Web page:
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Contrary to popular belief, breaking up with a bank doesn’t have to be difficult thanks to the assistance of switch kits.

With anchors such as direct deposit and automatic bill pay, switching financial institutions is often burdensome for the consumer, seldom simple and takes time. But in a continued attempt to lure more banking consumers to credit unions, more CUs are adopting technology to make the process easier.

“We’ve really seen more robust digital switch applications and again, obviously, by easing the data entry from the customer standpoint and back office standpoint it lowers the cost of exit,” said Steven Reider, president of Bancography.

Right now credit unions are searching for deposits to help boost liquidity and fund loans. For the fourth quarter, the national loan to share ratio jumped three percentage points, to 85.6 percent, from a year earlier, according to data from the National Credit Union Administration.

That means credit unions are motivated to sign up new members and encourage them to move their primary banking relationship over. But enticing consumers to switch primary financial institutions is difficult given the sticky nature of these relationships. Just 11 percent of banking customers switched banks in 2016, according to data from Accenture.
To help lure in new business, some credit unions are using switch kits, which allow consumers to seamlessly close an account with one institution and transfer those funds to a new account at a different institution. The kits also make it easy to switch over things like direct deposit and automatic bill payments.

Perhaps the most attractive advantage that switch kits offer is the time members save. What once was a time consuming process involving mountains of paperwork and hour-long calls has now been reduced to as little as two clicks online.

Switch kits mainly help members switch their checking accounts to a new institution but they can also help with transferring over payments for items such as newspaper and magazine subscriptions, Reider said.

Dupaco Community in Dubuque, Iowa, partnered with ClickSwitch, a fintech that offers switch kit technology, at least five years ago because it liked the streamlined nature of the technology.

“Our usage went through the roof,” said Tamara Schepler, Dupaco’s vice president of member experience.

The $1.7 billion-asset Dupaco went from converting 30 new accounts per month to over 100. Overall, the credit union opens about 1,100 new accounts per month. Using ClickSwitch has also increased its active checking accounts from 62 percent to 73 percent.

When ClickSwitch was founded in 2014, one challenge was creating a database with information on how billers handle payments and employers complete direct deposit.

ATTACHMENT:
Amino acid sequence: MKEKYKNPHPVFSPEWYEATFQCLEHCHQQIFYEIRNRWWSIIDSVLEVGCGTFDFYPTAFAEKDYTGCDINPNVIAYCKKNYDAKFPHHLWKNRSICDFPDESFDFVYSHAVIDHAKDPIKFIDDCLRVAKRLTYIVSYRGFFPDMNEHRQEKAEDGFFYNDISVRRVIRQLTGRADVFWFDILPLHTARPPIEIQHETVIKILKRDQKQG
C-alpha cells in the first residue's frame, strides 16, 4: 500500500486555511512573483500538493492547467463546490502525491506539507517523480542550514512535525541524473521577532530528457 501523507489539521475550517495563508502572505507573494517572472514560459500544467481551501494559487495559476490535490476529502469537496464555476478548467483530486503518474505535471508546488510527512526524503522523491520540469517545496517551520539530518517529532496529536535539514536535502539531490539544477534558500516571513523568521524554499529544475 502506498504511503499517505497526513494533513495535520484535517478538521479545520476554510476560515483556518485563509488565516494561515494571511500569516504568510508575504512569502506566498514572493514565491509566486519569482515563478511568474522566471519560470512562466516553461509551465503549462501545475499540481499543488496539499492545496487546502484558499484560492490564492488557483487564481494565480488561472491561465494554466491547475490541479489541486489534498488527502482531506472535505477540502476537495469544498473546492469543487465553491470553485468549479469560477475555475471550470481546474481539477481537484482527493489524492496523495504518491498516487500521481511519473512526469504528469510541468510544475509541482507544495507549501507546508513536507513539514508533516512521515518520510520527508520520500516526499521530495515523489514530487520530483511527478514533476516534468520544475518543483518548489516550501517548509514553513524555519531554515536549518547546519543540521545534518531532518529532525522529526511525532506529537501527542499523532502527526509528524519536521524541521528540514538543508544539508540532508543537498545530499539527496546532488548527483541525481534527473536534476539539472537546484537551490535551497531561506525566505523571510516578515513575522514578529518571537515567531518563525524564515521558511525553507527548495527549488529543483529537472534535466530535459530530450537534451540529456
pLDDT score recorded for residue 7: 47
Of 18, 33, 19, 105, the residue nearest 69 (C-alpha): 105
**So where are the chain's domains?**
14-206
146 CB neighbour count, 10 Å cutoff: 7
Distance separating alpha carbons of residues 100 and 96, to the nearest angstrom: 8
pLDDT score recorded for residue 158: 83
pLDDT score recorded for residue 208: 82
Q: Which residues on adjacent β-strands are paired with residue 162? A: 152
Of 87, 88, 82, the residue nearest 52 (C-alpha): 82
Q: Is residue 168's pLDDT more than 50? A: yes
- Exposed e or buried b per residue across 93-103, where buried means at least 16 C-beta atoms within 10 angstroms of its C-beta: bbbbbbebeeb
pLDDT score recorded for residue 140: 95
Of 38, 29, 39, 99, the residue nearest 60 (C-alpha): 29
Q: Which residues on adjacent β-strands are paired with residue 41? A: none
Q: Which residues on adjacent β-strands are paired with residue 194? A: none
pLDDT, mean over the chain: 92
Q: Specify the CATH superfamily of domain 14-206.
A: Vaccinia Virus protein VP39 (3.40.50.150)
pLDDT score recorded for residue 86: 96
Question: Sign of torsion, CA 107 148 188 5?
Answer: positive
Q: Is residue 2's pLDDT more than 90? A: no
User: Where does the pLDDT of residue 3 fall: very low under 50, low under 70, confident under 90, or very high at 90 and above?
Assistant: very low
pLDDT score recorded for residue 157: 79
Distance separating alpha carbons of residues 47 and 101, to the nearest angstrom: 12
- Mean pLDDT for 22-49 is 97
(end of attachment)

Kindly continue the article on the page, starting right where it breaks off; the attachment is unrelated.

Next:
The Minneapolis, Minn.-based fintech works with companies ranging from small businesses to mega employers, such as Amazon and General Electronic, for payroll information. The company is also looking to develop relationships with payroll companies such as ADP and Gusto for direct deposit information, said Cale Johnston, founder and CEO of ClickSwitch. The fintech also works with hundreds of companies who bill consumers for services to ensure payments for the cable or phone bill aren’t missed.

ClickSwitch offers two options to financial institutions. The first is a core integrator solution that includes online banking and account opening, though this requires a greater investment upfront from the credit union. The second option is a stand-alone product where an institution can start the switch at a branch and then provides the member with a customized code to be entered on the ClickSwitch website to complete the process.

Set up costs can run between $5,000 to $10,000 depending on the institution. Once ClickSwitch goes live, the fintech charges credit unions between $20 to $30 per user. Johnston believes the return on investment is worth it. He estimates that a checking account is worth $212 to a credit union.

Around 350 financial institutions work with ClickSwitch. About 70 percent of those clients are credit unions ranging from $50 million to $10 billion in assets.

Still, switch kits aren’t a full proof solution to getting new members to bring their business over to a credit union. Even with this technology, members are still required to take some steps, such as identifying to ClickSwitch what bill payments need to be transferred to the new account. Members also have to reach out to companies to let them know about the new account information.

And a consumer's reluctance to switch financial institutions may not have to do with the inconvenience of the change.

“Even if it’s easy to switch direct deposit information and bill pay, consumers aren’t doing it much,” said Stephen Greer, a senior analyst with Celent. “I think a lot of it has to do with consumers thinking all banks are the same and they don’t really see a differentiation in the products.”

For credit unions who haven’t used switch kit technology yet, Reider recommends that they look for seamless integration, a streamlined interface and options to bring on additional ancillary accounts besides checking.

It’s important that the kits make the process easy for the consumer thereby “earning their appreciation and loyalty,” Reider concluded.

Will Hernandez contributed to this report.

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Digital banking Fintech Client acquisition Client retention Consumer banking Deposits